You justify the choice of caterer by the way his French-speaking über-professional staff position the trays of custom-made, lace-fringed petit-four holders. After all, the difference lies in the presentation.
You join the gym — restarting your membership and starving yourself back into your favorite sheva brachos outfit (it fits!) and literally preen with pride when your child finishes his speech because you’ve been practicing daily (“enunciate”) for the past nine weeks. You know the entire devar Torah and every nuance of trop of the leining by heart and have been silently mouthing it together with him.
Wanna hear parshas Beshalach?
Bar Mitzvah Number 2
Second time around you get smarter. The sweet kugel wasn’t necessary at the kiddush, and you’re determined not to have this overtake your life.
You drag out your old notebooks, figure out what you can do differently so no one will think you copied your first too closely, and hope no one will notice you’re wearing something you bought for a school dinner two years earlier.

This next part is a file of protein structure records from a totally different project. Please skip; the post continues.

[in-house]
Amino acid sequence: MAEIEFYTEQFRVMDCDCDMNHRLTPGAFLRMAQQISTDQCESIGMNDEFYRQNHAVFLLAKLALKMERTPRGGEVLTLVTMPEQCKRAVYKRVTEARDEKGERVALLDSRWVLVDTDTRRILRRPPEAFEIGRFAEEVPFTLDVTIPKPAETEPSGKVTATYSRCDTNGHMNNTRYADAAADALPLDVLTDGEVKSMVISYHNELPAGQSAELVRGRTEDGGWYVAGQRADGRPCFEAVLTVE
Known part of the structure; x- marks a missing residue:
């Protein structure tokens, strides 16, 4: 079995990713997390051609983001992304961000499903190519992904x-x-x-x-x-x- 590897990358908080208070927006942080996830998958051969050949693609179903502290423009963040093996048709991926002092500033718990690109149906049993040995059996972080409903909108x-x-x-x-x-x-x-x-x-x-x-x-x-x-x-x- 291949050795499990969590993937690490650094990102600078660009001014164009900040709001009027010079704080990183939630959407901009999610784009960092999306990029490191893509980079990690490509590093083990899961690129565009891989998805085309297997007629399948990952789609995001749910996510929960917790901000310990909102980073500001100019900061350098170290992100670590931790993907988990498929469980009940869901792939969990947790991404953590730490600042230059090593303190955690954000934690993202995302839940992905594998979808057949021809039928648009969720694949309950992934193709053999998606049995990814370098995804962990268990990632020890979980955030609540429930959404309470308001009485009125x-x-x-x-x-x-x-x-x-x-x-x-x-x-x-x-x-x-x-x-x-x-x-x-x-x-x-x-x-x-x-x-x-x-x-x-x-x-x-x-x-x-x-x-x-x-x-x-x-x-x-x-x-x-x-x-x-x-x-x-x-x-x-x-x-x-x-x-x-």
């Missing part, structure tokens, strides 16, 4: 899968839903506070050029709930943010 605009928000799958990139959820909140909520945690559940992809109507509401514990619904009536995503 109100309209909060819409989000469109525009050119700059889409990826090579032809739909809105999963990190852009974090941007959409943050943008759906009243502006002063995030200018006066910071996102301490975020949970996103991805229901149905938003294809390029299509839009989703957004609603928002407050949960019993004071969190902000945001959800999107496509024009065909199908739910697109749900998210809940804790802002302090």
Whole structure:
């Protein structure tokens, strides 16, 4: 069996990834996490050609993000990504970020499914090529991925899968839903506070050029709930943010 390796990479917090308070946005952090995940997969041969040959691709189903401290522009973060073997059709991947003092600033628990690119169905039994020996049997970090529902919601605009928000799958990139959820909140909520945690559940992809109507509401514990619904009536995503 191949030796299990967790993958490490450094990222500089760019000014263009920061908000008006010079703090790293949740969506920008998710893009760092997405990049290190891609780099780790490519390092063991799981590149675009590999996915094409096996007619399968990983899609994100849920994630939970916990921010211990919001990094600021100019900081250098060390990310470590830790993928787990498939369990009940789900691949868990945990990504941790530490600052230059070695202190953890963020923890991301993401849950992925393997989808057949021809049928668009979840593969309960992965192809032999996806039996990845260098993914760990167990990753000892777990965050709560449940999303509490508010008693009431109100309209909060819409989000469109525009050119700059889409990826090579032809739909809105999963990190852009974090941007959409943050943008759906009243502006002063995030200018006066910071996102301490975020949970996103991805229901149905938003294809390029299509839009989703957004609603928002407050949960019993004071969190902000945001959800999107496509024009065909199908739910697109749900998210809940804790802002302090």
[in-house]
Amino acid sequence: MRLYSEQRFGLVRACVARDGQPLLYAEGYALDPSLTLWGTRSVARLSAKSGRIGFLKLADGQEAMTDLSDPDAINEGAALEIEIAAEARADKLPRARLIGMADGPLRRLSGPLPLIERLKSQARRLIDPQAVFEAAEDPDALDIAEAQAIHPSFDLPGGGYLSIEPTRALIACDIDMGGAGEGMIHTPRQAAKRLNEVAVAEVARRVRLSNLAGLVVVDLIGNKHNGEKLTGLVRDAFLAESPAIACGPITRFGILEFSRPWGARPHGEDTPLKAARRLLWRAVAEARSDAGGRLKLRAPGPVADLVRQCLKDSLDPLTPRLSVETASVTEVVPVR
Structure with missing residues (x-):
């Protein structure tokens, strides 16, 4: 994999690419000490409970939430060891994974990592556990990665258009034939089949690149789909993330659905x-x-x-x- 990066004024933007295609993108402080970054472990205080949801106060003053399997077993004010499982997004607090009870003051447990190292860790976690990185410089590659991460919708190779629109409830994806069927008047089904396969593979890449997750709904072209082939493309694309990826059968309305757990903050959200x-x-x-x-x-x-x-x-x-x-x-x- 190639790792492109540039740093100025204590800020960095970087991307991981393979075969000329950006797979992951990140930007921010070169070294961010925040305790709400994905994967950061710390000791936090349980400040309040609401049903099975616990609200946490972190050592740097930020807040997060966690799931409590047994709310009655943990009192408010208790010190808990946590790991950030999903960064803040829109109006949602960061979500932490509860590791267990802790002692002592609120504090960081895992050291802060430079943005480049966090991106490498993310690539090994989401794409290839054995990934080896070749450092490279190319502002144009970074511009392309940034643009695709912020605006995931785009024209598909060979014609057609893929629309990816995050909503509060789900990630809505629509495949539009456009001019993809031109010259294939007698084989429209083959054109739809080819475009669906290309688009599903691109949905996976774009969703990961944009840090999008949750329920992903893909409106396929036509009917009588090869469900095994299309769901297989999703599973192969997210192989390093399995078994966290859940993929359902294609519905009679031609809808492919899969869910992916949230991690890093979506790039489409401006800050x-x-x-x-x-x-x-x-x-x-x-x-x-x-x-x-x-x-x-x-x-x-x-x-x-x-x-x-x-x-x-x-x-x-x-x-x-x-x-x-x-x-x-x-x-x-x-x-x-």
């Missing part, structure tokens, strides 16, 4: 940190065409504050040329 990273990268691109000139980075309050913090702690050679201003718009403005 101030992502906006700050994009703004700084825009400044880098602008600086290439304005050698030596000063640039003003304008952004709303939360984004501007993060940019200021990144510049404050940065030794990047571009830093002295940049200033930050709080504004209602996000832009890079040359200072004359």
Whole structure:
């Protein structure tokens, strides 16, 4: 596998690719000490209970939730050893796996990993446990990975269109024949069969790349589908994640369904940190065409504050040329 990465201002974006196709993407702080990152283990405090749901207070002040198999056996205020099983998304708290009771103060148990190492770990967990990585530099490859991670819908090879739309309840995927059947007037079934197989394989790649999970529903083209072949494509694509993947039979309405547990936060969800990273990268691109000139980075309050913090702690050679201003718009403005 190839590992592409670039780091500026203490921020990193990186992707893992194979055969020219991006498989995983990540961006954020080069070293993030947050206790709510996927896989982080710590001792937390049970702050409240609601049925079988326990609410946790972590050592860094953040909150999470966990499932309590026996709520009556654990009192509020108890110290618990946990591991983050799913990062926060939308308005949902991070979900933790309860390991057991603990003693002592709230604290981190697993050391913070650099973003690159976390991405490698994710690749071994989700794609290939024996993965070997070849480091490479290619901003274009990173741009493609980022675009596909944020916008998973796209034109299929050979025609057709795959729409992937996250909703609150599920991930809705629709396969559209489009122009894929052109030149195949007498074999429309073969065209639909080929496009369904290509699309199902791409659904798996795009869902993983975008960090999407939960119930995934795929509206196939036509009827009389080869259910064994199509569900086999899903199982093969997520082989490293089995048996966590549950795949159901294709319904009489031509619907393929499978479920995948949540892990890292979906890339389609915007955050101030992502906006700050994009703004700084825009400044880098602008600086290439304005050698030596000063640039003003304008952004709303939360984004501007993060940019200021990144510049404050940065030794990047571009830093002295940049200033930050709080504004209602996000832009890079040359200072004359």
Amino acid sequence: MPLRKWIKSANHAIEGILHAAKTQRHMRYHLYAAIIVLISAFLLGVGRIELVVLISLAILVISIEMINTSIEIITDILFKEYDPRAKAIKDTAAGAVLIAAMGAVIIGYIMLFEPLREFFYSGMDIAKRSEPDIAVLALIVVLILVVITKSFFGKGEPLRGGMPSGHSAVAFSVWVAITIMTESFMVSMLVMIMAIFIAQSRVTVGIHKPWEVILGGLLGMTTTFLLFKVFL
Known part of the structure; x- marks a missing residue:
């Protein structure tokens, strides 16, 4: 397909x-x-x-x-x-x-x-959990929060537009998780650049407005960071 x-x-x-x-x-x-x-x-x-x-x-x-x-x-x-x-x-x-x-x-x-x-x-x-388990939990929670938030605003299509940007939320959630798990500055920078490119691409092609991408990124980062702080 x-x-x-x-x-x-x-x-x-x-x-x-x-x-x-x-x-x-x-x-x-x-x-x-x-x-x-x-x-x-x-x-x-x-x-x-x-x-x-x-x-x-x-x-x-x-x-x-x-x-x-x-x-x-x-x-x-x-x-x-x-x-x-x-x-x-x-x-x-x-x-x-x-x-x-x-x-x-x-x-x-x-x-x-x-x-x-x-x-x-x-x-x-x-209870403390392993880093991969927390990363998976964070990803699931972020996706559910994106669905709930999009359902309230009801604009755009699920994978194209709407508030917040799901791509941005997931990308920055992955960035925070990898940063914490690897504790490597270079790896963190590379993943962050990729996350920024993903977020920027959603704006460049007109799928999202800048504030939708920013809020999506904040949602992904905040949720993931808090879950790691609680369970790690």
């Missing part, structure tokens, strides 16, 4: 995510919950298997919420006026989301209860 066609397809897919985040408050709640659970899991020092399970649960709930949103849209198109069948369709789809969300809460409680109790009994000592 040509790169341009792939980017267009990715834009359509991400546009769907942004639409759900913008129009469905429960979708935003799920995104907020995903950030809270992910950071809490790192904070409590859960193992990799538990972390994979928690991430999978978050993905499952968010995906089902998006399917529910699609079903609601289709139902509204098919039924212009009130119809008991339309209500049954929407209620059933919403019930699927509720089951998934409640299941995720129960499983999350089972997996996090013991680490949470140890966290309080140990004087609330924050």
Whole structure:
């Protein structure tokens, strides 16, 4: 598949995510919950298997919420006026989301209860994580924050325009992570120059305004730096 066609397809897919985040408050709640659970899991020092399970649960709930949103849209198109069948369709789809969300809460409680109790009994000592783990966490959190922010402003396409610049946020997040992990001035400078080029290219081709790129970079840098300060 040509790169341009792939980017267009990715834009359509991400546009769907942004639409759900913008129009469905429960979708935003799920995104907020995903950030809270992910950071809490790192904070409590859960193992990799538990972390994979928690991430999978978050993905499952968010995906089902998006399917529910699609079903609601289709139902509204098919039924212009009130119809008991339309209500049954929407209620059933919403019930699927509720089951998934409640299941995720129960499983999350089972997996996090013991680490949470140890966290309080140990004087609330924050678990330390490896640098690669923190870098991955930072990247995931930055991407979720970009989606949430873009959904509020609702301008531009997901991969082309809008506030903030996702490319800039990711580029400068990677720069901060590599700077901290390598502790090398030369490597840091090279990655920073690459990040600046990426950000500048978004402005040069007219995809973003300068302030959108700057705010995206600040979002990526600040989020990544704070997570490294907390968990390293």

You’re feeling smug as you remind yourself that this time around, you’re being more financially prudent and choose the shul’s standard package for the kiddush. It’s fine.
You try not to think about the fact that you had to pay a rush fee for the bentsher order because you missed the cut-off date, and pride yourself on the fact you remembered to call the shul secretary to spell the kid’s name right in the bulletin so the president can wish him a mazel tov from the bimah.
Bar Mitzvah Number 3
Third time around? You wake up two weeks before the event, wonder why you can’t pass out cookies and sing “Happy Birthday.” You hope no one notices you’re going to wear a maternity dress when you’re not expecting. It fits.
“What do you mean it’s next week? Who was in charge of ordering the invitations?”
If someone reminds you of the date, you mutter “post office” without acknowledging that you never made it there in time to mail them… because you forgot to order them altogether.